Insider trading happens when a person makes a trade based on information that is not available to the public. Trading can be based on an event that is likely to either increase or decrease the price of a company’s stock. For example, a better than expected quarterly performance would likely make stock options more valuable. Trading on this type of information before it’s made public provides investors and brokers with an unfair advantage. That’s why it’s important to take steps to level the playing field.
The rewards are small for a big risk
People who engage in insider trading often suffer from a type of tunnel vision. When a broker makes trades in the hundreds of millions of dollars per year, an insider trade involving a few thousand dollars doesn’t seem like a big deal. Years ago, lifestyle guru Martha Stewart was convicted of insider trading. The illegal trading amounted to $45,000. Peanuts for someone with a net worth in the millions. Nonetheless, she still had to pay significant fines and serve a prison term.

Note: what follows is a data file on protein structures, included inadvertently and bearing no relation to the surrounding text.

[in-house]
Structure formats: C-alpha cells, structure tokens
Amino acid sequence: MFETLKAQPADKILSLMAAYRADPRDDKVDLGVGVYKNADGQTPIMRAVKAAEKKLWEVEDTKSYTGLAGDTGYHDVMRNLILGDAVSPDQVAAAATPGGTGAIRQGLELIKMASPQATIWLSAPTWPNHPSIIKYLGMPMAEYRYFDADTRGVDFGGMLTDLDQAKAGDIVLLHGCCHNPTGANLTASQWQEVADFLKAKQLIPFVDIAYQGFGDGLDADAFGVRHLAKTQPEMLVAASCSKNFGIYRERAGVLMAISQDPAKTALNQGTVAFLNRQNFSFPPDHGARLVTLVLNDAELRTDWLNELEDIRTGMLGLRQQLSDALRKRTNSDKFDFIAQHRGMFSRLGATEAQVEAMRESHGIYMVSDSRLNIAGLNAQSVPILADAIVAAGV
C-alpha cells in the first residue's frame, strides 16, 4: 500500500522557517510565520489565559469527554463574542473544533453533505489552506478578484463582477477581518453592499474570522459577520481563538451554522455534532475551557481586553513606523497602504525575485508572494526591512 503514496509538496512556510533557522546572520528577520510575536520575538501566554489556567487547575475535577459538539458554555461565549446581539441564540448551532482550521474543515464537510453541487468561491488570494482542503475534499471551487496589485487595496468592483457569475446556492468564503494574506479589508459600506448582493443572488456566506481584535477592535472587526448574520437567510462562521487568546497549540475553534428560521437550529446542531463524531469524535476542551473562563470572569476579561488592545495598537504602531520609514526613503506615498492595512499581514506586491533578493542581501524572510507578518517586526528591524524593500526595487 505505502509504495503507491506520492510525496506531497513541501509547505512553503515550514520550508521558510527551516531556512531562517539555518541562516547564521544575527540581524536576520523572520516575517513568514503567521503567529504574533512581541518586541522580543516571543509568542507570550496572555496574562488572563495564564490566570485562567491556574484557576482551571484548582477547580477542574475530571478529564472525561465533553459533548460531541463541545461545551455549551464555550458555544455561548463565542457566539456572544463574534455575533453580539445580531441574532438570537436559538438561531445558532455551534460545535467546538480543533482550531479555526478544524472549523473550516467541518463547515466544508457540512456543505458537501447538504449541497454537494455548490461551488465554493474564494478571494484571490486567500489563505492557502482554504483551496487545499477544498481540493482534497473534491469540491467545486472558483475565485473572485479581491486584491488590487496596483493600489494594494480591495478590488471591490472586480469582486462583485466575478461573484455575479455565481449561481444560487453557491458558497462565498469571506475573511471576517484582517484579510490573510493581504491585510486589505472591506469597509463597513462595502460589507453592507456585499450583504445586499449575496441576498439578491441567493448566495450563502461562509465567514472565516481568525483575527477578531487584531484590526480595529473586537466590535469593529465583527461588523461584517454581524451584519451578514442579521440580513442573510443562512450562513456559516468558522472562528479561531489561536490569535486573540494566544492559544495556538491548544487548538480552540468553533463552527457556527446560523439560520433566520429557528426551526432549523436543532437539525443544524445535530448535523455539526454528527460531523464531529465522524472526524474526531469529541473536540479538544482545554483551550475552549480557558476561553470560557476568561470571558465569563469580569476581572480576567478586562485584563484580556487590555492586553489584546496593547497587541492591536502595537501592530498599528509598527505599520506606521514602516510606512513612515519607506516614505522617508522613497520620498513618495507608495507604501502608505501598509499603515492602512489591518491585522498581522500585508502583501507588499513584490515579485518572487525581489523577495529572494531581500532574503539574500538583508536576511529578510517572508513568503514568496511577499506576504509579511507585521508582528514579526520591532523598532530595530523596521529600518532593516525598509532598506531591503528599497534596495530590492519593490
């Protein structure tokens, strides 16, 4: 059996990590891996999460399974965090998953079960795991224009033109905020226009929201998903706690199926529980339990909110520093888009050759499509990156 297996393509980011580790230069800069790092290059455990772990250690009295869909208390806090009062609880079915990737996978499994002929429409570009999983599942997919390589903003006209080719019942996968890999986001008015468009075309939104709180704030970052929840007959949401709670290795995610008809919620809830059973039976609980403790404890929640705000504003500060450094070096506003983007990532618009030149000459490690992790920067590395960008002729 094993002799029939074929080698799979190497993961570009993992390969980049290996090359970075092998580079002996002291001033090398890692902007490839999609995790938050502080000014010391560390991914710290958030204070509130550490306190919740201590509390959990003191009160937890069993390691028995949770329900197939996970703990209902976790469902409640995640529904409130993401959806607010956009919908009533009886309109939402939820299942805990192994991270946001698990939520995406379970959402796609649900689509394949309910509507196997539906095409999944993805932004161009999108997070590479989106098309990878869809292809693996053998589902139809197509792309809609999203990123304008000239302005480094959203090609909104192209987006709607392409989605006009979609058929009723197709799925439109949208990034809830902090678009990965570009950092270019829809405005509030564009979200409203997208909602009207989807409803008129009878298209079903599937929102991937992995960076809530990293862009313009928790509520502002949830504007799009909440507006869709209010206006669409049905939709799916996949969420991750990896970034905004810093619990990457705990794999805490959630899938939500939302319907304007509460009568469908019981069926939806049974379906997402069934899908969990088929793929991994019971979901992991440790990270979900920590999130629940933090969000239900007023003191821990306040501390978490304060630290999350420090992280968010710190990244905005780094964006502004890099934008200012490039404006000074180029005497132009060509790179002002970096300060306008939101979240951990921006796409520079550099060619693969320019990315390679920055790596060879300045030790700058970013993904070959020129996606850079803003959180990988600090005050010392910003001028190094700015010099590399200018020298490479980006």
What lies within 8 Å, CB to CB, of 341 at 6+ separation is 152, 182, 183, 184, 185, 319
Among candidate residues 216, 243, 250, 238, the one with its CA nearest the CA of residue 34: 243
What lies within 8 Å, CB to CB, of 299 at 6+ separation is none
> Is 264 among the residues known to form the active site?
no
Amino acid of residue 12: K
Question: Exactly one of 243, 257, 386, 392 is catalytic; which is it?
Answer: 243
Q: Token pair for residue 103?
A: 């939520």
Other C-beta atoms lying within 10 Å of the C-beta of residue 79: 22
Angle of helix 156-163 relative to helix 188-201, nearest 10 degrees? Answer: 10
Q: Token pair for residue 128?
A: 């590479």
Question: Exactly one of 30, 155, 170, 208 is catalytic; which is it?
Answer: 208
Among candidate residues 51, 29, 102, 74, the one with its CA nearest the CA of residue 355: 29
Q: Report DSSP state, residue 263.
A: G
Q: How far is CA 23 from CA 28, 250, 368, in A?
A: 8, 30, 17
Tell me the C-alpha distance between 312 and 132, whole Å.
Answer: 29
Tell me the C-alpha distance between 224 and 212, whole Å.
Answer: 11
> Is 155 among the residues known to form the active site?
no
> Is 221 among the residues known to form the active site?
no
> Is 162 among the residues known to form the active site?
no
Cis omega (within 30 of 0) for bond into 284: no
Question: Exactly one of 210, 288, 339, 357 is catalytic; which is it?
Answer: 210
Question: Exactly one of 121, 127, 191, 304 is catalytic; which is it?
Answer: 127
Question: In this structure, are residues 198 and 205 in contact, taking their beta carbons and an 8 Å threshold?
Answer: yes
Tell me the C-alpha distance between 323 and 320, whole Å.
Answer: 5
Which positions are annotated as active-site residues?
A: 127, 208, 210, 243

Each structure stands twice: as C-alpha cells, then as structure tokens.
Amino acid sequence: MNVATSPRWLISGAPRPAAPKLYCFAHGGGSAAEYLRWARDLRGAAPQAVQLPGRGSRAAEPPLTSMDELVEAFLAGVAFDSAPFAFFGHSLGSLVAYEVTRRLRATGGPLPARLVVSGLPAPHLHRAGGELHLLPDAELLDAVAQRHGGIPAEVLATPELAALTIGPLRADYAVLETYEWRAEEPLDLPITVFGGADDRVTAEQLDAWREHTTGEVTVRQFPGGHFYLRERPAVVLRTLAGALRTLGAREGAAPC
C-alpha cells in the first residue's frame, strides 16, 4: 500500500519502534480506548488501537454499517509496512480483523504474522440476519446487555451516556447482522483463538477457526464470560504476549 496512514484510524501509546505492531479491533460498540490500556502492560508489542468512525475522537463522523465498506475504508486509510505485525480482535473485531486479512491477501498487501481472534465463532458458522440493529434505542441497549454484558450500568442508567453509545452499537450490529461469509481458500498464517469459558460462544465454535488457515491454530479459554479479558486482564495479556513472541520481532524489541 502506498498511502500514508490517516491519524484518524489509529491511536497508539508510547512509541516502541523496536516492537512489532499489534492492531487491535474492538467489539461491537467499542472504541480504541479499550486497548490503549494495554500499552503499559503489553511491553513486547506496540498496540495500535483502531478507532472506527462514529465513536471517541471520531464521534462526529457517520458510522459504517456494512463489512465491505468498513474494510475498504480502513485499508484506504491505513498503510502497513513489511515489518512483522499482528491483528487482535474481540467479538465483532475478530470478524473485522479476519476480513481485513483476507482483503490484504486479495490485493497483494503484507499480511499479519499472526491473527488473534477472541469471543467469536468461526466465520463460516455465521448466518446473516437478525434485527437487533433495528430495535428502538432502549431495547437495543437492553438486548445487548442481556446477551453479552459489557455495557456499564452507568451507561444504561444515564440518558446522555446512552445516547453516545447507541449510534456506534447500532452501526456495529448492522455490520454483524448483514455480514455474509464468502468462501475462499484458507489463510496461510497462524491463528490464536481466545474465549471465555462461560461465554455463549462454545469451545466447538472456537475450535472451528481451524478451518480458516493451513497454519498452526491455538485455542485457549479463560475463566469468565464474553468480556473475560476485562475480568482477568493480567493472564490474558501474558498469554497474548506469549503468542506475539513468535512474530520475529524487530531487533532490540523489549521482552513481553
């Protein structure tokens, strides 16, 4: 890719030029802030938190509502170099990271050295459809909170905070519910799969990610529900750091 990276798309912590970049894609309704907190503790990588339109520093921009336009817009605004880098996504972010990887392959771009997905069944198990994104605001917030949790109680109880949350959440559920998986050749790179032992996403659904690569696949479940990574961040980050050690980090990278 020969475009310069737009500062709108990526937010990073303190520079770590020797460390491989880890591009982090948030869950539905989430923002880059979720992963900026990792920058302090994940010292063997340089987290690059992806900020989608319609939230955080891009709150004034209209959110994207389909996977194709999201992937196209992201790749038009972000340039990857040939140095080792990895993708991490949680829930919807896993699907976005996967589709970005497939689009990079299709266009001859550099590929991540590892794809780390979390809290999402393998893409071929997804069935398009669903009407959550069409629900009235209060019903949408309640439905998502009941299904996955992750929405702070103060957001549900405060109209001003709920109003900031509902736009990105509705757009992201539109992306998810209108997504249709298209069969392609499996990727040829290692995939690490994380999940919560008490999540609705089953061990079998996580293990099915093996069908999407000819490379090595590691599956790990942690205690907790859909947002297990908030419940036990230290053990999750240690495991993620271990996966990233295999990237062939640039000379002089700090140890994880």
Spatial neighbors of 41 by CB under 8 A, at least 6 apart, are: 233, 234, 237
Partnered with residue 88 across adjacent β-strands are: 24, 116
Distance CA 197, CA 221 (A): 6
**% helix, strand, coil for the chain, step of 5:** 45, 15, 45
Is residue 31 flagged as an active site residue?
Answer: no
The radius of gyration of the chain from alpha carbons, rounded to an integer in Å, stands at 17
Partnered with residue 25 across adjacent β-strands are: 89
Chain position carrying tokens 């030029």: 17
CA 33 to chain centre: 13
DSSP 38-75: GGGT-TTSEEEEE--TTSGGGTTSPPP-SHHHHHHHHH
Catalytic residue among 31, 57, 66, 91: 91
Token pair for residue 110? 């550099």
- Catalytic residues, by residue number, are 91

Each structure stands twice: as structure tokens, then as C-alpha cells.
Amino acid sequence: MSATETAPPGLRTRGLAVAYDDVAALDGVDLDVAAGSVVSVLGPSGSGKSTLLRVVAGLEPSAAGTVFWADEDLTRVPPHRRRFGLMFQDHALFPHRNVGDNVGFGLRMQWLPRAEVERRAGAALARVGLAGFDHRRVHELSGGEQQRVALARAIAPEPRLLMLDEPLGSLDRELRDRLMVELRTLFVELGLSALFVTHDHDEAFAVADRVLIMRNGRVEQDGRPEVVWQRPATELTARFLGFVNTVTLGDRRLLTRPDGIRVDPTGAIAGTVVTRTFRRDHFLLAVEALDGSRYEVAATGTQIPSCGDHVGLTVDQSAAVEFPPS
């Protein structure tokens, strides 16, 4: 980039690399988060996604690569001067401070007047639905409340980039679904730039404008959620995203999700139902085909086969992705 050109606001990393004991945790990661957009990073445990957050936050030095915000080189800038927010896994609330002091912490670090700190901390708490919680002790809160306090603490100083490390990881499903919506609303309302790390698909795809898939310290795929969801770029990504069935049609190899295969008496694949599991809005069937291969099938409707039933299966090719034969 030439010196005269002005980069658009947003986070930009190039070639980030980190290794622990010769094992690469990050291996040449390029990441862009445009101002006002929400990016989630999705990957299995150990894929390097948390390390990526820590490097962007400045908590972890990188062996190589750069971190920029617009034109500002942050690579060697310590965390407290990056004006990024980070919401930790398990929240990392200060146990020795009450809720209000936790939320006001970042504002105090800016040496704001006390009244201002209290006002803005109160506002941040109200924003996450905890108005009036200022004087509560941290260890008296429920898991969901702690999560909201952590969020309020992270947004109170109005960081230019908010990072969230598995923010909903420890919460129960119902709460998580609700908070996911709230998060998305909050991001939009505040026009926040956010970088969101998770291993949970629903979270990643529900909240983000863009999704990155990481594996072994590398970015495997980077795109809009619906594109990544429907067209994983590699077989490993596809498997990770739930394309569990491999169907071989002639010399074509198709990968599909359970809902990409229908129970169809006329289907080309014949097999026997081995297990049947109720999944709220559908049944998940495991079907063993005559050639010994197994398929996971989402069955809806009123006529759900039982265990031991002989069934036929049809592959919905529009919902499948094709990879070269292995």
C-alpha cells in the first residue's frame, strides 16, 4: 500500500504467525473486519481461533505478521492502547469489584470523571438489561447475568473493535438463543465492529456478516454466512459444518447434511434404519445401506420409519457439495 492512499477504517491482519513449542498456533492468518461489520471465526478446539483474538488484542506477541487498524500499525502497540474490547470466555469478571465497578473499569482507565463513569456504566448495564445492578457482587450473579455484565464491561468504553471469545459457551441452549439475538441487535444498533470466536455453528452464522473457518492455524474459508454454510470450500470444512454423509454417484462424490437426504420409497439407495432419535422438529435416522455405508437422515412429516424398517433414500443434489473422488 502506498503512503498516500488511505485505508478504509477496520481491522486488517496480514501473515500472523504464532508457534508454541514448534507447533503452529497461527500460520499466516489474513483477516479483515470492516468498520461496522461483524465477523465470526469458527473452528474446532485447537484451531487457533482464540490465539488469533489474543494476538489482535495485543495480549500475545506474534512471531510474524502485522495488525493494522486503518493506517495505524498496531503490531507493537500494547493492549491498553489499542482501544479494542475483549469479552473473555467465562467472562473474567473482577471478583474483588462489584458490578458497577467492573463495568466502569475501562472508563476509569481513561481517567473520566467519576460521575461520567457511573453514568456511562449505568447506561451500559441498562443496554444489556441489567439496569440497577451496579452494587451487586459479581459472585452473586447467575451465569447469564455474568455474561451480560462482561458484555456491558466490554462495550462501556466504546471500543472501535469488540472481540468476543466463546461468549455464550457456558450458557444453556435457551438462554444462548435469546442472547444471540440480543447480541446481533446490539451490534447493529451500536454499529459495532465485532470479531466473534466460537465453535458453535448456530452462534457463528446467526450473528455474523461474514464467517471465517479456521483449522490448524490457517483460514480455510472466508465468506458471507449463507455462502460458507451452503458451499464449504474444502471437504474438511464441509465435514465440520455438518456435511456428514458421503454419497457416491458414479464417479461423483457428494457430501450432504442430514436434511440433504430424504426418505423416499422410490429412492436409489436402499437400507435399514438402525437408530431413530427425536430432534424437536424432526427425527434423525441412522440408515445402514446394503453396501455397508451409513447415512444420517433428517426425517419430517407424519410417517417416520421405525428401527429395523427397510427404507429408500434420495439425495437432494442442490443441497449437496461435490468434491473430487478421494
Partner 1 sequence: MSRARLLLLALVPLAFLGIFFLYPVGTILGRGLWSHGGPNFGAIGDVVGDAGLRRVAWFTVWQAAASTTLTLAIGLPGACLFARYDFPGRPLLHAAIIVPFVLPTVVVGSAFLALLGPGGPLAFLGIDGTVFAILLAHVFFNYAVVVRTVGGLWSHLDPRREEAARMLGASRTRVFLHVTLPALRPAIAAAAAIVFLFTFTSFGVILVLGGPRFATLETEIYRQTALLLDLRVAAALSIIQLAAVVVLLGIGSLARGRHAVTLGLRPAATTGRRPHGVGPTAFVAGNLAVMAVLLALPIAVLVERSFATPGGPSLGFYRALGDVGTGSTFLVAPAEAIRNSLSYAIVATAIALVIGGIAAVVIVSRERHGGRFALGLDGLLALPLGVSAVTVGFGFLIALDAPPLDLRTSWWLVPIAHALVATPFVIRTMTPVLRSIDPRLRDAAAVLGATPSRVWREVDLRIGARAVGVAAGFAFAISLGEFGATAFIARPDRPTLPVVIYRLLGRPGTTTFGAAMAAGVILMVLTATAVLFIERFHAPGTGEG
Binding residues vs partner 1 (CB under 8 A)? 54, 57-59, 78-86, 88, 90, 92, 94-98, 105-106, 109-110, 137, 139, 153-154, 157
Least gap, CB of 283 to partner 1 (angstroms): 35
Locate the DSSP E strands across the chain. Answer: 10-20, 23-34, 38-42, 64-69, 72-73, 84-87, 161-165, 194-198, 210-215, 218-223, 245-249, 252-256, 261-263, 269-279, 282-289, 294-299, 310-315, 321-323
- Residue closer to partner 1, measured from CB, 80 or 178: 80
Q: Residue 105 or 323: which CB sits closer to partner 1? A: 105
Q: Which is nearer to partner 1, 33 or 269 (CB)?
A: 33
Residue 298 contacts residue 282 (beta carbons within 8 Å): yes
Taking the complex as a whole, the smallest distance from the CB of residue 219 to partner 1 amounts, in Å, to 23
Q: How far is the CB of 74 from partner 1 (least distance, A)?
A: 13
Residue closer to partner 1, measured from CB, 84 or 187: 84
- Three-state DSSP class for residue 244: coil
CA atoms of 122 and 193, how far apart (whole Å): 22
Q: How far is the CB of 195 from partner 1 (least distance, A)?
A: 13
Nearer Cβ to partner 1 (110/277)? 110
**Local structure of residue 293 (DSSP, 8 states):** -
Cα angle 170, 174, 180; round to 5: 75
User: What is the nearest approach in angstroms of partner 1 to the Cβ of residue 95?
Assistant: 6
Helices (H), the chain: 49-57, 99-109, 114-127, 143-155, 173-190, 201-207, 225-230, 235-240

Holding parties accountable
It doesn’t matter whether insider trading involves pennies or jaw-dropping amounts of money. It’s against the law and hurts investors who operate above board. The Securities and Exchange Commission (SEC) tends to focus on high profile cases. While insider trading can hurt the bottom line of large companies, it’s often individual investors who place their trust in a broker who suffer the greatest amount of harm.
You don’t have to wait for the SEC to act if you’ve experienced a significant financial loss as the result of insider trading. A skilled professional with experience handling matters involving broker misconduct and securities litigation can help you explore your legal options.